Arts What Do Lesbians Think?
The case of Khalila O’Rielly-Williams is the first time I’ve heard about a woman being arrested for sexual misconduct with a female minor. O’Rielly-Williams is the very-recently-resigned 23-year-old female basketball coach at Seattle Prep charged with having sex with a 16-year-old female student.
It’s unlike other statutory rape stories.
Sadly, “older men taking advantage of girlsā€¯ is a standard story. In fact, the exact same week the O’Rielly-Williams story broke, a sad, but unfortunately mundane story about a 46-year-old Lynnwood male H.S. science teacher, James Lowell Stone, showed up in the papers as well. Stone was arrested for sexual misconduct with a minor—a 17-year-old female student.
Of course, we already have a script for the Lynnwood story. This is what we expect of men. Men are lecherous predators. The court papers imply that he seduced her with marijuana. (Stone has pleaded not guilty.)
Another version of the sexual misconduct with a minor story—once uncommon, but one that seems to show up in the news all the time in recent years—is the Letourneau version: Female teacher having a sexual relationship with a male student. This story is still a bit hard for people to compute. Initially, there is the light-hearted reaction that the boy got lucky (what 16-year-old boy doesn’t dream about sex with his hot female teacher?). Initially, there’s also a weird feminist angle that, hey, it’s kind of cool for an older woman to turn the tables in a society where men date younger women, but women don’t “scoreā€¯ with young guys. You go girl.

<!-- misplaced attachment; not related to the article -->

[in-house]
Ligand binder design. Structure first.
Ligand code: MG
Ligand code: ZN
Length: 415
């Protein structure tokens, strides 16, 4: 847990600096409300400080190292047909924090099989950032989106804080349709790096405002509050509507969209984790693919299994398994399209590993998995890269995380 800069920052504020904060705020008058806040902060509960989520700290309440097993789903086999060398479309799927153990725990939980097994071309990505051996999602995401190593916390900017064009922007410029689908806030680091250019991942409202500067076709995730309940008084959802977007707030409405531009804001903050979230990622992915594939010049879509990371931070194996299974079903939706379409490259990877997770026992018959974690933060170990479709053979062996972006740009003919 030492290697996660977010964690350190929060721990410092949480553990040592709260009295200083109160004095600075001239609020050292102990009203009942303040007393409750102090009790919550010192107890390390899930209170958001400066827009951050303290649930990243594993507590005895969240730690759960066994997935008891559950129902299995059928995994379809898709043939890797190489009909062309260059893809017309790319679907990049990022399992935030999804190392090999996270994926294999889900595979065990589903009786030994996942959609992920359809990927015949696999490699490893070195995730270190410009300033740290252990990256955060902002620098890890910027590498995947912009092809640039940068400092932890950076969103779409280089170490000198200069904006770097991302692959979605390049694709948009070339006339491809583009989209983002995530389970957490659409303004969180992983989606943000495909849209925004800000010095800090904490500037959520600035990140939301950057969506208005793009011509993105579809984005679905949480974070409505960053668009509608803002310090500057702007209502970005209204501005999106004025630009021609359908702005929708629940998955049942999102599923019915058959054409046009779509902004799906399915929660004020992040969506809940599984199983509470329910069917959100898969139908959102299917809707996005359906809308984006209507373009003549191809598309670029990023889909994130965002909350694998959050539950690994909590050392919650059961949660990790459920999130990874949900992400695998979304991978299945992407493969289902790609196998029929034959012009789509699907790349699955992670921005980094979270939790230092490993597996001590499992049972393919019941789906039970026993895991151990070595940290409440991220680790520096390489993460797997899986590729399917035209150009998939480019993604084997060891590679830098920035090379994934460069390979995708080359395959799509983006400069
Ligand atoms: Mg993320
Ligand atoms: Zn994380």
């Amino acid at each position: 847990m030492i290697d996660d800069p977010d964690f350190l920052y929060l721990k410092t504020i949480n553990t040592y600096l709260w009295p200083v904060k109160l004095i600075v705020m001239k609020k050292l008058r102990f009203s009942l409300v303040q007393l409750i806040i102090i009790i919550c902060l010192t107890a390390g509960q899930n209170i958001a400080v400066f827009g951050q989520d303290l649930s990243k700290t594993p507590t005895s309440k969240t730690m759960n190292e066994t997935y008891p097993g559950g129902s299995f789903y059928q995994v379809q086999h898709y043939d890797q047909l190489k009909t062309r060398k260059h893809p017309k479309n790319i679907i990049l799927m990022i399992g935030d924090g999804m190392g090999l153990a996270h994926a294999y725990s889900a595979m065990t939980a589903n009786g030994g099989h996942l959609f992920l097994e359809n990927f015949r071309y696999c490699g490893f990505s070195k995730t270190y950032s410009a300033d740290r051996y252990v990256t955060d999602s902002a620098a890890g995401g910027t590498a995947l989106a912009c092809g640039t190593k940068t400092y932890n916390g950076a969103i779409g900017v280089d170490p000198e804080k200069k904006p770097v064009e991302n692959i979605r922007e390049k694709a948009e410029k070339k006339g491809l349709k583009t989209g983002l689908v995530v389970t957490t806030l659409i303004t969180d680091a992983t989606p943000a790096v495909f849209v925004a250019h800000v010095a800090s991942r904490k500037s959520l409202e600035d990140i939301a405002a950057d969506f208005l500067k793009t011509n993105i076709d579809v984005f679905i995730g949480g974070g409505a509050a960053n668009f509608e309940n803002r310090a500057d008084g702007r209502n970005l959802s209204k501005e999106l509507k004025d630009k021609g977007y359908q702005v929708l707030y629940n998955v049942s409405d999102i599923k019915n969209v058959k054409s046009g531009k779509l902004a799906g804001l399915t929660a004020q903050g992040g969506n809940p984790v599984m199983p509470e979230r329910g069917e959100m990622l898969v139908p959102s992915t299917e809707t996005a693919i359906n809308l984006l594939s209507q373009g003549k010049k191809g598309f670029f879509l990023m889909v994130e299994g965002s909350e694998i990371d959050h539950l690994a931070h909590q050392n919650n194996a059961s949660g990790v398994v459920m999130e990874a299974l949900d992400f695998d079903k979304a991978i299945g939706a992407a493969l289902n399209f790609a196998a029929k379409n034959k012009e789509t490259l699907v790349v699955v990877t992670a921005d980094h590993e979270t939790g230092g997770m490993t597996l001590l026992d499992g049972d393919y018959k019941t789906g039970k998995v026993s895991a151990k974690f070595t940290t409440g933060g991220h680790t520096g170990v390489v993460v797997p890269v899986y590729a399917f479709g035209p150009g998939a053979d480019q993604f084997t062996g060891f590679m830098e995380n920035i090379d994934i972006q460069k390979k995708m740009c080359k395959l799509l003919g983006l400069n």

There’s also the “male priest or male baseball coach molesting young boysā€¯ stories. Our homophobic society knows how to process these stories too. They play to hateful stereotypes about the depravity of gay men—that is, gay men as pedophiles.
Of course, all these stereotypes—light hearted and/or hateful—complicate our ability to deal with these basic and serious stories about sexual predators.
So, what to make of the Seattle Prep story? I don’t believe I’ve ever read about a case like this. It seems like it should be a big deal—kind of like the Letourneau story when it first hit. Yet, The Seattle Times coverage is flat line. Only by doing a double take on the feminine pronouns does it become clear that we’re even talking about lesbian sex.
I think the reaction to the story will be most similar to the reactions we have to the Letourneau version. That is: It’s harmless. Lesbians tend to be invisible and unimportant (AKA marginalized) in our culture, and so, this case probably doesn’t press many buttons for the larger world. (Similar to the 16-year-old boy getting “lucky,ā€¯ a lot of guys probably fantasize that this story is “hot.ā€¯)
We’re also talking about a 23-year-old and a 16-year-old. That’s not as shocking as the 30 or 40-something male coach and the teenage girl. In fact, in Washington, 16 is considered the age of consent in some circumstances. It’s the fact that O’Rielly-Williams worked at Seattle Prep that led to the charges, I think. It’s illegal for school employees to have sexual contact with students.
Obviously, I’m not saying (if the charges against O’Rielly-Williams are true) that this was a consensual lesbian relationship. The 16-year-old is definitely a victim in a situation like this. There is a serious problem with a supervisor, adult coach having sex with a student.
I guess I just want to hear from lesbians out there. How does this story hit you? Affect you? How does it land politically?